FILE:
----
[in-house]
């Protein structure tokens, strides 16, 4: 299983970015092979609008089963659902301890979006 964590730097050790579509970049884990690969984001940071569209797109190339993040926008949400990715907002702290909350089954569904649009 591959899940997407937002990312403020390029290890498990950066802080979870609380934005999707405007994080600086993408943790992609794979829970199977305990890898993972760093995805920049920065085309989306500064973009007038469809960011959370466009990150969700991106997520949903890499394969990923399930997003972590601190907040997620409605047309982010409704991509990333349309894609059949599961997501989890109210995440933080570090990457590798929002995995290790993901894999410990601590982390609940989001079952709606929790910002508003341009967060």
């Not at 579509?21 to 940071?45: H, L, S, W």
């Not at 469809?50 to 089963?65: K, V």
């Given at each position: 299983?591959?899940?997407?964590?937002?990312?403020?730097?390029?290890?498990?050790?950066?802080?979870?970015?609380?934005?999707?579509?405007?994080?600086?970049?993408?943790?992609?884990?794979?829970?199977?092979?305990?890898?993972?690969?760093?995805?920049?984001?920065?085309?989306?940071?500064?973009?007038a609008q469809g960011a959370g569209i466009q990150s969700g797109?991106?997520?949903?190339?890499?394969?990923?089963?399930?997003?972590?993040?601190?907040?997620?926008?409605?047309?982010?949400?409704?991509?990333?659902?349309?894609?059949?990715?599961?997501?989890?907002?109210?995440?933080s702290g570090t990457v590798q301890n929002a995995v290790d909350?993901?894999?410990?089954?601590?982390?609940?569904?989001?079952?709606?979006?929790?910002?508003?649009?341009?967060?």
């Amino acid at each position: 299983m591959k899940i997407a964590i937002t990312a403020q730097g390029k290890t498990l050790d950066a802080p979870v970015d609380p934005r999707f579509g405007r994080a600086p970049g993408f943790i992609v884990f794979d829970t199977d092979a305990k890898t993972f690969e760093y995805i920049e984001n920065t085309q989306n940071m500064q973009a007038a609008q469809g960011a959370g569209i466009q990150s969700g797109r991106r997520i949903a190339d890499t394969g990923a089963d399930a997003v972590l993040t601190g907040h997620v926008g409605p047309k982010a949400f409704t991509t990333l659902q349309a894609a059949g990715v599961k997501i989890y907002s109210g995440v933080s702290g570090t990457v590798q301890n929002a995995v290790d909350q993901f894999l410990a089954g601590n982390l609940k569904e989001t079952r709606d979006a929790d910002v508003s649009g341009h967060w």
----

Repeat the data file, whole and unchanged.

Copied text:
[in-house]
């Protein structure tokens, strides 16, 4: 299983970015092979609008089963659902301890979006 964590730097050790579509970049884990690969984001940071569209797109190339993040926008949400990715907002702290909350089954569904649009 591959899940997407937002990312403020390029290890498990950066802080979870609380934005999707405007994080600086993408943790992609794979829970199977305990890898993972760093995805920049920065085309989306500064973009007038469809960011959370466009990150969700991106997520949903890499394969990923399930997003972590601190907040997620409605047309982010409704991509990333349309894609059949599961997501989890109210995440933080570090990457590798929002995995290790993901894999410990601590982390609940989001079952709606929790910002508003341009967060």
């Not at 579509?21 to 940071?45: H, L, S, W």
């Not at 469809?50 to 089963?65: K, V």
């Given at each position: 299983?591959?899940?997407?964590?937002?990312?403020?730097?390029?290890?498990?050790?950066?802080?979870?970015?609380?934005?999707?579509?405007?994080?600086?970049?993408?943790?992609?884990?794979?829970?199977?092979?305990?890898?993972?690969?760093?995805?920049?984001?920065?085309?989306?940071?500064?973009?007038a609008q469809g960011a959370g569209i466009q990150s969700g797109?991106?997520?949903?190339?890499?394969?990923?089963?399930?997003?972590?993040?601190?907040?997620?926008?409605?047309?982010?949400?409704?991509?990333?659902?349309?894609?059949?990715?599961?997501?989890?907002?109210?995440?933080s702290g570090t990457v590798q301890n929002a995995v290790d909350?993901?894999?410990?089954?601590?982390?609940?569904?989001?079952?709606?979006?929790?910002?508003?649009?341009?967060?």
């Amino acid at each position: 299983m591959k899940i997407a964590i937002t990312a403020q730097g390029k290890t498990l050790d950066a802080p979870v970015d609380p934005r999707f579509g405007r994080a600086p970049g993408f943790i992609v884990f794979d829970t199977d092979a305990k890898t993972f690969e760093y995805i920049e984001n920065t085309q989306n940071m500064q973009a007038a609008q469809g960011a959370g569209i466009q990150s969700g797109r991106r997520i949903a190339d890499t394969g990923a089963d399930a997003v972590l993040t601190g907040h997620v926008g409605p047309k982010a949400f409704t991509t990333l659902q349309a894609a059949g990715v599961k997501i989890y907002s109210g995440v933080s702290g570090t990457v590798q301890n929002a995995v290790d909350q993901f894999l410990a089954g601590n982390l609940k569904e989001t079952r709606d979006a929790d910002v508003s649009g341009h967060w």